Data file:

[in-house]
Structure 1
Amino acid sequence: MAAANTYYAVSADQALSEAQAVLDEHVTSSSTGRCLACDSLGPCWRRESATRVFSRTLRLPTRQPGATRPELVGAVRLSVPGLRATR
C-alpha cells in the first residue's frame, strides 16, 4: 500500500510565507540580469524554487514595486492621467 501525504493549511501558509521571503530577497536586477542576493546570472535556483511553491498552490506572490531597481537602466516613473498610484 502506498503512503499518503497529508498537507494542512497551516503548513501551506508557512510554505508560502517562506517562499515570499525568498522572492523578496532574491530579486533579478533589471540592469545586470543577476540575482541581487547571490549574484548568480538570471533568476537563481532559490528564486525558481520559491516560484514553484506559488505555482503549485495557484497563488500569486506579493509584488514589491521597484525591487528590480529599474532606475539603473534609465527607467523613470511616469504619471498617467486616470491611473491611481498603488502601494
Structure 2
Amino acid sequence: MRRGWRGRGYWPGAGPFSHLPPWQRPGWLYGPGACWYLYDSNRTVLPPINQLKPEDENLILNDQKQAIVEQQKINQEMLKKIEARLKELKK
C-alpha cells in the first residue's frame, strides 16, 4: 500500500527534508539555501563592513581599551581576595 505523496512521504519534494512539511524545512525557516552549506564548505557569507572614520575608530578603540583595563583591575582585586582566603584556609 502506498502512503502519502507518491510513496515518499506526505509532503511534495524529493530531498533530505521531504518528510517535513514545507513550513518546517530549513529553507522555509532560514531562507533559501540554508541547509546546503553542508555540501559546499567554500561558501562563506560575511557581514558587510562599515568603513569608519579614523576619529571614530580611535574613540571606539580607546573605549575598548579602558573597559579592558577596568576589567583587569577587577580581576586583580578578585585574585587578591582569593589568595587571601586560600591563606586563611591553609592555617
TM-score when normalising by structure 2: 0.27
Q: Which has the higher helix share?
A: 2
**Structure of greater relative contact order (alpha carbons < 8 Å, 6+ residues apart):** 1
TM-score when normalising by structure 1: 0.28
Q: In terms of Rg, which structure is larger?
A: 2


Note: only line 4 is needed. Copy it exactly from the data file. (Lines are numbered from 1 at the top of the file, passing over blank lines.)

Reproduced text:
C-alpha cells in the first residue's frame, strides 16, 4: 500500500510565507540580469524554487514595486492621467 501525504493549511501558509521571503530577497536586477542576493546570472535556483511553491498552490506572490531597481537602466516613473498610484 502506498503512503499518503497529508498537507494542512497551516503548513501551506508557512510554505508560502517562506517562499515570499525568498522572492523578496532574491530579486533579478533589471540592469545586470543577476540575482541581487547571490549574484548568480538570471533568476537563481532559490528564486525558481520559491516560484514553484506559488505555482503549485495557484497563488500569486506579493509584488514589491521597484525591487528590480529599474532606475539603473534609465527607467523613470511616469504619471498617467486616470491611473491611481498603488502601494